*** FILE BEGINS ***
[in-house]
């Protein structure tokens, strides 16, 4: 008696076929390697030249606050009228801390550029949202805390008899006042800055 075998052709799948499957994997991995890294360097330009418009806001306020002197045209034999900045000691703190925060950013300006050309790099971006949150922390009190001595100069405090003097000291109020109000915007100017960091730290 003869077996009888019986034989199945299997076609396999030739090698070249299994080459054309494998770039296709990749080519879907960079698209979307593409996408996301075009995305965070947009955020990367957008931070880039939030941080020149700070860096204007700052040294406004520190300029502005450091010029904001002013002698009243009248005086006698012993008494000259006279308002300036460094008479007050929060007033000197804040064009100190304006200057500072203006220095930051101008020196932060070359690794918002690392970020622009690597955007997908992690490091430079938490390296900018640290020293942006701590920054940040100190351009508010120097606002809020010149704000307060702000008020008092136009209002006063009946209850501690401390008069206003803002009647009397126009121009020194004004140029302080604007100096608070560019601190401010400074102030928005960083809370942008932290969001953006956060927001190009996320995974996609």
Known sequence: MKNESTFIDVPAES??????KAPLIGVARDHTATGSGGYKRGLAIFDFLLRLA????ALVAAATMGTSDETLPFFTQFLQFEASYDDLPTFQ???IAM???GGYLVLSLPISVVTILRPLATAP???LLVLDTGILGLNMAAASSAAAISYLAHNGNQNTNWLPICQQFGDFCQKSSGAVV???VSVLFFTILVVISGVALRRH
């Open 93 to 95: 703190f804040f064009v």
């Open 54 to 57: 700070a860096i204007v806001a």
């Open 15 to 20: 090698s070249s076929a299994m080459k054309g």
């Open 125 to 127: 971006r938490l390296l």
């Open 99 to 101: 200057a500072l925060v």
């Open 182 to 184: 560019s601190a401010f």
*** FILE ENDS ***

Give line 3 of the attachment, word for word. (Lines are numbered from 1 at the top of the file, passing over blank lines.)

Known sequence: MKNESTFIDVPAES??????KAPLIGVARDHTATGSGGYKRGLAIFDFLLRLA????ALVAAATMGTSDETLPFFTQFLQFEASYDDLPTFQ???IAM???GGYLVLSLPISVVTILRPLATAP???LLVLDTGILGLNMAAASSAAAISYLAHNGNQNTNWLPICQQFGDFCQKSSGAVV???VSVLFFTILVVISGVALRRH